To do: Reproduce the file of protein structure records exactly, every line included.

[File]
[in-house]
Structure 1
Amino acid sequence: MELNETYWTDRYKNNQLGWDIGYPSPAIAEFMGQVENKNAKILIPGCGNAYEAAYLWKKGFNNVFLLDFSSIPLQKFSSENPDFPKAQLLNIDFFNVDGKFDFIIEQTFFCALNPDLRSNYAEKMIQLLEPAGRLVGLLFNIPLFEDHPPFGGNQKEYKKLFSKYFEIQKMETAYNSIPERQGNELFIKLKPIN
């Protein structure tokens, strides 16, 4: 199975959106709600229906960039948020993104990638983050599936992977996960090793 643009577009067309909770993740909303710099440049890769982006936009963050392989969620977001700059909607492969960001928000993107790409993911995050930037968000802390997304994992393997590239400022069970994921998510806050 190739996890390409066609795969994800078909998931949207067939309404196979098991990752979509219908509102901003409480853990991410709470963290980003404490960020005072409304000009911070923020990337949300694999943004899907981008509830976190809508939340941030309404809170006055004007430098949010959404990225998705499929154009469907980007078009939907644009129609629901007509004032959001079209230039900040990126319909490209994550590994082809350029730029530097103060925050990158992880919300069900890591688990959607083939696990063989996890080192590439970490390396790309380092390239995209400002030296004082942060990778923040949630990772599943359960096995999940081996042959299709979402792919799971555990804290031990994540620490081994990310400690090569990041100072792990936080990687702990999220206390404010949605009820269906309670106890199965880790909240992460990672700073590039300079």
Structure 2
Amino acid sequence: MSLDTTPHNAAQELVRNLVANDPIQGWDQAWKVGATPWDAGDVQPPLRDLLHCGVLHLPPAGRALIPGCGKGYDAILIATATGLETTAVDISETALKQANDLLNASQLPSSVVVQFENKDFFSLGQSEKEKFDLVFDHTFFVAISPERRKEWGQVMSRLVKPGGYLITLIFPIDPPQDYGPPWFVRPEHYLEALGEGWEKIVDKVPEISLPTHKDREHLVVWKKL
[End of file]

[in-house]
Structure 1
Amino acid sequence: MELNETYWTDRYKNNQLGWDIGYPSPAIAEFMGQVENKNAKILIPGCGNAYEAAYLWKKGFNNVFLLDFSSIPLQKFSSENPDFPKAQLLNIDFFNVDGKFDFIIEQTFFCALNPDLRSNYAEKMIQLLEPAGRLVGLLFNIPLFEDHPPFGGNQKEYKKLFSKYFEIQKMETAYNSIPERQGNELFIKLKPIN
């Protein structure tokens, strides 16, 4: 199975959106709600229906960039948020993104990638983050599936992977996960090793 643009577009067309909770993740909303710099440049890769982006936009963050392989969620977001700059909607492969960001928000993107790409993911995050930037968000802390997304994992393997590239400022069970994921998510806050 190739996890390409066609795969994800078909998931949207067939309404196979098991990752979509219908509102901003409480853990991410709470963290980003404490960020005072409304000009911070923020990337949300694999943004899907981008509830976190809508939340941030309404809170006055004007430098949010959404990225998705499929154009469907980007078009939907644009129609629901007509004032959001079209230039900040990126319909490209994550590994082809350029730029530097103060925050990158992880919300069900890591688990959607083939696990063989996890080192590439970490390396790309380092390239995209400002030296004082942060990778923040949630990772599943359960096995999940081996042959299709979402792919799971555990804290031990994540620490081994990310400690090569990041100072792990936080990687702990999220206390404010949605009820269906309670106890199965880790909240992460990672700073590039300079």
Structure 2
Amino acid sequence: MSLDTTPHNAAQELVRNLVANDPIQGWDQAWKVGATPWDAGDVQPPLRDLLHCGVLHLPPAGRALIPGCGKGYDAILIATATGLETTAVDISETALKQANDLLNASQLPSSVVVQFENKDFFSLGQSEKEKFDLVFDHTFFVAISPERRKEWGQVMSRLVKPGGYLITLIFPIDPPQDYGPPWFVRPEHYLEALGEGWEKIVDKVPEISLPTHKDREHLVVWKKL